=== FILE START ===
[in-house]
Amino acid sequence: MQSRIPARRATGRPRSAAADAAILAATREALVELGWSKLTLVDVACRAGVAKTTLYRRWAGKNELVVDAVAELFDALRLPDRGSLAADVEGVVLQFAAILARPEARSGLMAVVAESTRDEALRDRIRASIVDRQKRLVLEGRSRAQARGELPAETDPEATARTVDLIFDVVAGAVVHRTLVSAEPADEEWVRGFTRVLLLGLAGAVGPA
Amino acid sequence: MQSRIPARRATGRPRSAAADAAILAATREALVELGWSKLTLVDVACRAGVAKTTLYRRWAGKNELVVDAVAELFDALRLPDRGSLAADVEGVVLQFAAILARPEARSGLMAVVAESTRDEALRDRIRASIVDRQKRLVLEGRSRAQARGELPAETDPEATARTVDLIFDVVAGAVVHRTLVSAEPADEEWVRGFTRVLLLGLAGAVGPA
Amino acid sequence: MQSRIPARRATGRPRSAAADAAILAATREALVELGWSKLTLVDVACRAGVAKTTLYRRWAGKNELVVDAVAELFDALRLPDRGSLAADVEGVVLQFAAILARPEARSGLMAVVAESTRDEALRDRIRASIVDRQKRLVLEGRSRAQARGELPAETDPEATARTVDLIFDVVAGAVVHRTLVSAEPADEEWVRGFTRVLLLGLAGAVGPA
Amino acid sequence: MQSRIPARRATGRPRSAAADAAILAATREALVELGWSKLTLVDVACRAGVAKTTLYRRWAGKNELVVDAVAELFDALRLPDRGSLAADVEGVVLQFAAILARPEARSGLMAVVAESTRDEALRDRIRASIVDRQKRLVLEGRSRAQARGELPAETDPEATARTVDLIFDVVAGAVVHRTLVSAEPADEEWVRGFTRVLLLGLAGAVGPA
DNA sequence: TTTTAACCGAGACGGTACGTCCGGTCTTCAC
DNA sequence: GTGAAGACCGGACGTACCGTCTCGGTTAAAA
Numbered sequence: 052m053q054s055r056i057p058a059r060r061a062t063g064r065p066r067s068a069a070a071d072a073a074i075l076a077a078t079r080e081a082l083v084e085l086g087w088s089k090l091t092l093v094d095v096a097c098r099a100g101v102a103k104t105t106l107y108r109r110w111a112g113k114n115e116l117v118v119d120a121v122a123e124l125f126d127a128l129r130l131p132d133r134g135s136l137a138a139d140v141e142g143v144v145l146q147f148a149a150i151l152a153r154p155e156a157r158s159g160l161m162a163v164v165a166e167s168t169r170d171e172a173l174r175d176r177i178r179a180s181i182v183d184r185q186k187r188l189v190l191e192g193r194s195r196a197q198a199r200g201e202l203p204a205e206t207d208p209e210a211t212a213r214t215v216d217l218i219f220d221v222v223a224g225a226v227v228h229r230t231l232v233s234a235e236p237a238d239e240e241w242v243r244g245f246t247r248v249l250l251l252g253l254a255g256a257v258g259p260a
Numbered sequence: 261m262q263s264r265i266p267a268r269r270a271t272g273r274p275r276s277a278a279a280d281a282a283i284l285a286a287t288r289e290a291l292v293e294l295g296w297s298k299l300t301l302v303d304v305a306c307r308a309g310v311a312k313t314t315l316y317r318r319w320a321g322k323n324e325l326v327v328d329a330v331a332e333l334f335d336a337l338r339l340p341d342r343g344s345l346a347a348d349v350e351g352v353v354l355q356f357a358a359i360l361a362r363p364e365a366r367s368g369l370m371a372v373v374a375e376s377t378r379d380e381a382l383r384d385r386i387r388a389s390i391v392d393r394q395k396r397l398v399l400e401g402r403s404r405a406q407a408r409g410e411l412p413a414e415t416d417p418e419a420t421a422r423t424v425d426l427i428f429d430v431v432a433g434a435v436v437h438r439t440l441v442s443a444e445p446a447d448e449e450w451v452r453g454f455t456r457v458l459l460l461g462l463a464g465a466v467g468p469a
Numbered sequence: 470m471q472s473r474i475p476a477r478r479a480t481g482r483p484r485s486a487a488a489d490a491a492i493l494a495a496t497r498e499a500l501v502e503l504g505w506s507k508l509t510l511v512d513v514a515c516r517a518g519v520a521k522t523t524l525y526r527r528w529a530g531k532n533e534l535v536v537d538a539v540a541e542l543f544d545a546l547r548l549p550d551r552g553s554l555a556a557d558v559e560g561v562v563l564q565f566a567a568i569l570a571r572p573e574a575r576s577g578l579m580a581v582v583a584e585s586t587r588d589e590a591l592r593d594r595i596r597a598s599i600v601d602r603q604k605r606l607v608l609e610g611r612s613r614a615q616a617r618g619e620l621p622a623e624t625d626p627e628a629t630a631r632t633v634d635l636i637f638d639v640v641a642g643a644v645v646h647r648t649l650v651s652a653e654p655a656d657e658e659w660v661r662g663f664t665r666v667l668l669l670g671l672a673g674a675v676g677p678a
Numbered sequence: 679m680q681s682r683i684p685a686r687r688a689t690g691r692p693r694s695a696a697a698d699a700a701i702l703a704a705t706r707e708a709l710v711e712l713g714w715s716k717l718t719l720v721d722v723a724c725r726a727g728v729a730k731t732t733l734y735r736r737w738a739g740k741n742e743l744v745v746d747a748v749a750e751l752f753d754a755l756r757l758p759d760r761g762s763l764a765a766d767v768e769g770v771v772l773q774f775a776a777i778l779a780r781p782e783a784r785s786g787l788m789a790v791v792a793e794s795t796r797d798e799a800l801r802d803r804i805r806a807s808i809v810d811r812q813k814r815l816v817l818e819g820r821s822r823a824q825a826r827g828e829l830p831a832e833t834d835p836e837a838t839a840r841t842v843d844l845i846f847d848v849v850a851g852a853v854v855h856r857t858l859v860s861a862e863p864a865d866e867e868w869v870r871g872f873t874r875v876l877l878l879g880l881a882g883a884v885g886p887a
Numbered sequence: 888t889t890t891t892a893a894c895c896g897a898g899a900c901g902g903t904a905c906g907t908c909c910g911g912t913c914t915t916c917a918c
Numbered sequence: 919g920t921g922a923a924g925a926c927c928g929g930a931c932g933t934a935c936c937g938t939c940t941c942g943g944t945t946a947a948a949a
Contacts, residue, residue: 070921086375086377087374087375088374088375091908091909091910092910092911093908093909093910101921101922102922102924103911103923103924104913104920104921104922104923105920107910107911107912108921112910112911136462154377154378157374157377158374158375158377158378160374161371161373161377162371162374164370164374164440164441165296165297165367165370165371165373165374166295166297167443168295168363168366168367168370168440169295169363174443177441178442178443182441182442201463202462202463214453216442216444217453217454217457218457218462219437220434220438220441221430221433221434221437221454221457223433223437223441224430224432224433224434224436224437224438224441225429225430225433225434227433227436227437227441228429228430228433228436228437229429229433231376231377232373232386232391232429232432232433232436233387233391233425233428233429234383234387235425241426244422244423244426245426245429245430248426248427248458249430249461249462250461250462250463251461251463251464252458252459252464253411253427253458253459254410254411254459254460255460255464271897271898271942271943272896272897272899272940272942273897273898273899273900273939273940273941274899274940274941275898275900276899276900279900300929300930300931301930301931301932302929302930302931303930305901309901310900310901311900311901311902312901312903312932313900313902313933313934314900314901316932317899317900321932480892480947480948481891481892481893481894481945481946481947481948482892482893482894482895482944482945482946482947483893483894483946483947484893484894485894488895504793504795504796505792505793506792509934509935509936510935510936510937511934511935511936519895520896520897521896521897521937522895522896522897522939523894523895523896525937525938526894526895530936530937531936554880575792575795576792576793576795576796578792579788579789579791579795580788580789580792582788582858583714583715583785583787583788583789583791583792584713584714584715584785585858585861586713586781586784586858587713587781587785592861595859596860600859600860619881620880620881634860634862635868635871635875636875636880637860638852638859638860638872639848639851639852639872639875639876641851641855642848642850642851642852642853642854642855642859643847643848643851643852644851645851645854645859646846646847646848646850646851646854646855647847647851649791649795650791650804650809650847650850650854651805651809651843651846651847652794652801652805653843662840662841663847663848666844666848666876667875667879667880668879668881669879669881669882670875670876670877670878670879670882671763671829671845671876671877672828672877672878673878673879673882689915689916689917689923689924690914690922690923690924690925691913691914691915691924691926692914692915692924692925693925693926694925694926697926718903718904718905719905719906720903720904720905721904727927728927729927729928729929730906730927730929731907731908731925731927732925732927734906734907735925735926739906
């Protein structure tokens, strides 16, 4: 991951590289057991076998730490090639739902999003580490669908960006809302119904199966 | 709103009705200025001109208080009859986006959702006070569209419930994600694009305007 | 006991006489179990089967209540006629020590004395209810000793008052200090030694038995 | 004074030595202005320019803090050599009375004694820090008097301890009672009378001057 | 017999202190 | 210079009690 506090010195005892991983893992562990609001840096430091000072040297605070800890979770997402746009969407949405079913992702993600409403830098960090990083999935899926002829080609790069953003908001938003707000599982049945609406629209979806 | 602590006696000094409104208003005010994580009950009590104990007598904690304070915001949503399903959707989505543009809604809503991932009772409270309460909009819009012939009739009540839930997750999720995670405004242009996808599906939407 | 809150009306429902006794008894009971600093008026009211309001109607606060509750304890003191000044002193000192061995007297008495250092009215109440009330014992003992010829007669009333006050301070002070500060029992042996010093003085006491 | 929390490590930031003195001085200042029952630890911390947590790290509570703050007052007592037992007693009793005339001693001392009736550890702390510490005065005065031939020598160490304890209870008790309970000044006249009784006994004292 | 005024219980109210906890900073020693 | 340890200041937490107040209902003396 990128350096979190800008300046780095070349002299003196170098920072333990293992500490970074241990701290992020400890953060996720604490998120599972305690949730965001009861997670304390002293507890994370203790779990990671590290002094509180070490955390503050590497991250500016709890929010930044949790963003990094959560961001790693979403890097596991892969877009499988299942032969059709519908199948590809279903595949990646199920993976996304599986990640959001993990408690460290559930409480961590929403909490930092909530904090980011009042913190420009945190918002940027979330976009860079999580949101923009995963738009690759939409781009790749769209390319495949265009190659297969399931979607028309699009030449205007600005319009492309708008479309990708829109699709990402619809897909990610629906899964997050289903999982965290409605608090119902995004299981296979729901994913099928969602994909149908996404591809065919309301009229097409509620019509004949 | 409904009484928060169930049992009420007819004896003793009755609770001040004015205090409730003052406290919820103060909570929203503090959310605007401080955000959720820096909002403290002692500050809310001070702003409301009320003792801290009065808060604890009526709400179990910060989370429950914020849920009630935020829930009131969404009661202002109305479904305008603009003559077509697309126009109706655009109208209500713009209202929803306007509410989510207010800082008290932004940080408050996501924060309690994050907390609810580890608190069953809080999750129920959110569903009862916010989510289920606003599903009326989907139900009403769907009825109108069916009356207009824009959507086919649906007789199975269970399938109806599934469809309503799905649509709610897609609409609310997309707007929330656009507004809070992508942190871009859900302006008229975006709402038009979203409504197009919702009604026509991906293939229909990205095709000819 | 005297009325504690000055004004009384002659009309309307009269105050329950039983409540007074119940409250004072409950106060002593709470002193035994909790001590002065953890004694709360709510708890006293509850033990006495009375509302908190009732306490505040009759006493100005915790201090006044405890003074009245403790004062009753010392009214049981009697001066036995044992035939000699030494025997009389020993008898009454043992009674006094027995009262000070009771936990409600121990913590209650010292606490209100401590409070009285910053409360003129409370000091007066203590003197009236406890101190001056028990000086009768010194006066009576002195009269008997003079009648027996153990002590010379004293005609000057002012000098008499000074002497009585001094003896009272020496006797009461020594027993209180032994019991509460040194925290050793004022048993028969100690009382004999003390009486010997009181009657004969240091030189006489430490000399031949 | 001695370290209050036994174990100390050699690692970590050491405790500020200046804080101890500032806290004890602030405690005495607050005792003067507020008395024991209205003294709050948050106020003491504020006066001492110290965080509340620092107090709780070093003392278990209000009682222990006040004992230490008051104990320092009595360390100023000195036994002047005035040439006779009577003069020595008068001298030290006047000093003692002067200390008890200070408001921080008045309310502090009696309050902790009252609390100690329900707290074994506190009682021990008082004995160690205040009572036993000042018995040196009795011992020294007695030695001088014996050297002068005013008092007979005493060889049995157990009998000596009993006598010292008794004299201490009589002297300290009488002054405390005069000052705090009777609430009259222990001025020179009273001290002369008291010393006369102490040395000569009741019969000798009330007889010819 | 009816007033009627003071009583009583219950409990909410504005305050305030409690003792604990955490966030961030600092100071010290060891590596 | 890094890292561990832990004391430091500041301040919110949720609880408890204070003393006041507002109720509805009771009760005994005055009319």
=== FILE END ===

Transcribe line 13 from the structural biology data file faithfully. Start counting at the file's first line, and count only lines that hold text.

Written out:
Numbered sequence: 919g920t921g922a923a924g925a926c927c928g929g930a931c932g933t934a935c936c937g938t939c940t941c942g943g944t945t946a947a948a949a